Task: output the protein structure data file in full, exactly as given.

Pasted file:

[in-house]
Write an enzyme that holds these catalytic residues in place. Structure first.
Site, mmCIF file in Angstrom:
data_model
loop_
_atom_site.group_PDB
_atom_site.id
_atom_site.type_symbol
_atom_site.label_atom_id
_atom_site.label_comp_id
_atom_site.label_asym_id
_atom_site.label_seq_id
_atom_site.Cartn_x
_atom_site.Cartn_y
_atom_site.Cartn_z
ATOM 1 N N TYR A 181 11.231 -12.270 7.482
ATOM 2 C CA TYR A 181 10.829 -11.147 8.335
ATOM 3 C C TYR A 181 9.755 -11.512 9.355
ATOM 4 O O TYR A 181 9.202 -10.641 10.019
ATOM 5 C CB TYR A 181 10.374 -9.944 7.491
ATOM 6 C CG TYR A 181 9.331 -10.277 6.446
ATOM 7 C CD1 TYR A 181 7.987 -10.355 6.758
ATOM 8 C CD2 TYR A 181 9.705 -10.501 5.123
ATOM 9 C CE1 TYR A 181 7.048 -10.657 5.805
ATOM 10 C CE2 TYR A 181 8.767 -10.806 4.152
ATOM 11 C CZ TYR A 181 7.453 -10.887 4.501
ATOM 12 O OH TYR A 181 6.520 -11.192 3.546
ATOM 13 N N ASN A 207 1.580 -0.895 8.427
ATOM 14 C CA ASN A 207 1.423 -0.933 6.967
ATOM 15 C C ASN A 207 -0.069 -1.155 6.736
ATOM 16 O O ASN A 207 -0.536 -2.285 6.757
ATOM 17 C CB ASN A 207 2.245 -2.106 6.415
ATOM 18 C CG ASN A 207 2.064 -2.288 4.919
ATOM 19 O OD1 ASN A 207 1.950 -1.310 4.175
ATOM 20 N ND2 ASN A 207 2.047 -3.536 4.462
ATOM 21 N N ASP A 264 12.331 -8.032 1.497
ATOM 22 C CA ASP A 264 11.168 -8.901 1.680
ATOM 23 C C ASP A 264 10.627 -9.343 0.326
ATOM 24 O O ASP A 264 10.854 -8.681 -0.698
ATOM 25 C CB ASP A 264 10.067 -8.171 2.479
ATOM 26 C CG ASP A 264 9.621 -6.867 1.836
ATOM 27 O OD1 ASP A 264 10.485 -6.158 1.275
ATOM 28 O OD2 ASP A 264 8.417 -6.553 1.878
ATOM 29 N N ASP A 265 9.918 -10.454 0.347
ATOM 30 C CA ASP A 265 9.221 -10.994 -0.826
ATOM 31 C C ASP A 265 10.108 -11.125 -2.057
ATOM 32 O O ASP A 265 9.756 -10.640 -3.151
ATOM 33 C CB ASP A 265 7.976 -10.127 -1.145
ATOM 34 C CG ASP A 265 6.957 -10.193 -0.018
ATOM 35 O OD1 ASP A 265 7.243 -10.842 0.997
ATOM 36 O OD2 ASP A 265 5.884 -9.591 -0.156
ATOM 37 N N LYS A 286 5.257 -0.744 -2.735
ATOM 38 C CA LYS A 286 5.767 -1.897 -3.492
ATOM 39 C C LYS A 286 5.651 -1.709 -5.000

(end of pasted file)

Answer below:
[in-house]
Write an enzyme that holds these catalytic residues in place. Structure first.
Site, mmCIF file in Angstrom:
data_model
loop_
_atom_site.group_PDB
_atom_site.id
_atom_site.type_symbol
_atom_site.label_atom_id
_atom_site.label_comp_id
_atom_site.label_asym_id
_atom_site.label_seq_id
_atom_site.Cartn_x
_atom_site.Cartn_y
_atom_site.Cartn_z
ATOM 1 N N TYR A 181 11.231 -12.270 7.482
ATOM 2 C CA TYR A 181 10.829 -11.147 8.335
ATOM 3 C C TYR A 181 9.755 -11.512 9.355
ATOM 4 O O TYR A 181 9.202 -10.641 10.019
ATOM 5 C CB TYR A 181 10.374 -9.944 7.491
ATOM 6 C CG TYR A 181 9.331 -10.277 6.446
ATOM 7 C CD1 TYR A 181 7.987 -10.355 6.758
ATOM 8 C CD2 TYR A 181 9.705 -10.501 5.123
ATOM 9 C CE1 TYR A 181 7.048 -10.657 5.805
ATOM 10 C CE2 TYR A 181 8.767 -10.806 4.152
ATOM 11 C CZ TYR A 181 7.453 -10.887 4.501
ATOM 12 O OH TYR A 181 6.520 -11.192 3.546
ATOM 13 N N ASN A 207 1.580 -0.895 8.427
ATOM 14 C CA ASN A 207 1.423 -0.933 6.967
ATOM 15 C C ASN A 207 -0.069 -1.155 6.736
ATOM 16 O O ASN A 207 -0.536 -2.285 6.757
ATOM 17 C CB ASN A 207 2.245 -2.106 6.415
ATOM 18 C CG ASN A 207 2.064 -2.288 4.919
ATOM 19 O OD1 ASN A 207 1.950 -1.310 4.175
ATOM 20 N ND2 ASN A 207 2.047 -3.536 4.462
ATOM 21 N N ASP A 264 12.331 -8.032 1.497
ATOM 22 C CA ASP A 264 11.168 -8.901 1.680
ATOM 23 C C ASP A 264 10.627 -9.343 0.326
ATOM 24 O O ASP A 264 10.854 -8.681 -0.698
ATOM 25 C CB ASP A 264 10.067 -8.171 2.479
ATOM 26 C CG ASP A 264 9.621 -6.867 1.836
ATOM 27 O OD1 ASP A 264 10.485 -6.158 1.275
ATOM 28 O OD2 ASP A 264 8.417 -6.553 1.878
ATOM 29 N N ASP A 265 9.918 -10.454 0.347
ATOM 30 C CA ASP A 265 9.221 -10.994 -0.826
ATOM 31 C C ASP A 265 10.108 -11.125 -2.057
ATOM 32 O O ASP A 265 9.756 -10.640 -3.151
ATOM 33 C CB ASP A 265 7.976 -10.127 -1.145
ATOM 34 C CG ASP A 265 6.957 -10.193 -0.018
ATOM 35 O OD1 ASP A 265 7.243 -10.842 0.997
ATOM 36 O OD2 ASP A 265 5.884 -9.591 -0.156
ATOM 37 N N LYS A 286 5.257 -0.744 -2.735
ATOM 38 C CA LYS A 286 5.767 -1.897 -3.492
ATOM 39 C C LYS A 286 5.651 -1.709 -5.000